Car from Back in Day 2

Greg Panunte 2010

So what’s in an Anniversary?  It stands not only as a testament to our sport, but also becomes a documented biography of our grassroots, family style automobile racing. 


While the development of the automobile is hastened by racing, the adage “Win on Sunday sell on Monday” may still hold some truth.  Our sport is more about the people and families who have become the fabric of our sport and its history.  Whether you are NASCAR’s first champion Robert “Red” Byron who drove a flathead Ford coupe, or Merrittville Speedway’s first champion Orville Kelley who also drove a flathead Ford coupe, this sport is about the people and their dedication.  Back in the day, when there were no large purses, just the win, the trophy and the family of supporters and friends, who worked as a team.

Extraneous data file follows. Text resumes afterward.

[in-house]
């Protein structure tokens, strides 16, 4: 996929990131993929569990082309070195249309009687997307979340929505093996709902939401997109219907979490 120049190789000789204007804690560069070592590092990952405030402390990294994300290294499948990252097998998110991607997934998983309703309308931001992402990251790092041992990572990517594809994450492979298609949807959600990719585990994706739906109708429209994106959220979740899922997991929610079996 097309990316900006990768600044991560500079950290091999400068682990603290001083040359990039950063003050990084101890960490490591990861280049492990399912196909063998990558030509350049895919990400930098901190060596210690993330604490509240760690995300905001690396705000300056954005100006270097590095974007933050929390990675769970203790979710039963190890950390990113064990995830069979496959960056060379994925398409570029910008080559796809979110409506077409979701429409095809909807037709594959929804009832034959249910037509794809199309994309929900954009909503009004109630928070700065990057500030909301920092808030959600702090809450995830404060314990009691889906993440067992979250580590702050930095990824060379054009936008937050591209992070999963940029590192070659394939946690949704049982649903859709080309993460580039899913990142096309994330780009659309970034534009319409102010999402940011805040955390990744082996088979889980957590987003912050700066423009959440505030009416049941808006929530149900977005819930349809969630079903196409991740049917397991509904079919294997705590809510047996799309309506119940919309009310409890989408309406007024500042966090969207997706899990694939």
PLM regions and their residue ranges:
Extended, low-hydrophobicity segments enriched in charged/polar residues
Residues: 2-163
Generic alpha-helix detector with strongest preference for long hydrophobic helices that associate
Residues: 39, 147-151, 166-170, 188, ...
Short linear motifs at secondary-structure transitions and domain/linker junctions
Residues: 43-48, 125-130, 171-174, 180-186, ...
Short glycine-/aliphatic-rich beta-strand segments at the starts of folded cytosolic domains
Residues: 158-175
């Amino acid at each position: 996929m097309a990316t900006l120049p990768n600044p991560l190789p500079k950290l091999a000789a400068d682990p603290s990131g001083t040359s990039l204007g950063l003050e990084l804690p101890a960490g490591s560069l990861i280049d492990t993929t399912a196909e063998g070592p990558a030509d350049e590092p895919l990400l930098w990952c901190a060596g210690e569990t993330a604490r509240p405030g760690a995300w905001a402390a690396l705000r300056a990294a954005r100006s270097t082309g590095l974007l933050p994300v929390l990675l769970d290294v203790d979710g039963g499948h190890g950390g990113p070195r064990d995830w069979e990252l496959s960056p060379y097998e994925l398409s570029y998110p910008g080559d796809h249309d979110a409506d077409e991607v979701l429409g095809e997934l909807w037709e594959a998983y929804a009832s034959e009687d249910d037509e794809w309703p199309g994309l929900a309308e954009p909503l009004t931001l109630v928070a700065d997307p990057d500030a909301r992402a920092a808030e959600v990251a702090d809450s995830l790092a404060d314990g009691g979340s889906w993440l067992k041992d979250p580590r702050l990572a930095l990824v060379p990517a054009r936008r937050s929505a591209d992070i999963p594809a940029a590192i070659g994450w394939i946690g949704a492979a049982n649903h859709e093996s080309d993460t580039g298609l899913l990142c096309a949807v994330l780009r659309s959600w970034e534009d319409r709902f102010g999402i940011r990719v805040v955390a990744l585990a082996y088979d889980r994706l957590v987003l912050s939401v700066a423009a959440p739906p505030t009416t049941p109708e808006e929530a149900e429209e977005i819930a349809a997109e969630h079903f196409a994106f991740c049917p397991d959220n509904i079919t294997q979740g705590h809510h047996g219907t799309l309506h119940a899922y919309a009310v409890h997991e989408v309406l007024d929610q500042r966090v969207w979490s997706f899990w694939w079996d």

So if 60 years of a little dirt track in southern Ontario means anything, it is to rekindle the memories of the past linked to the present.  We will be celebrating our legacy every Saturday night this year leading up to our 60th Anniversary Race Reunion on July 16, 2011.  We invite you all to join us and enjoy the 2011 racing season. 


Whether it is our 60th celebration at our small dirt track in southern Ontario, Canada, or the greatest spectacle in auto racing, the 100th anniversary of the   Indianapolis 500, they are both significant in their own way, as they stand as testaments to both amateur and professional automobile racing families that have endured the decades and have remained popular with today’s race fans.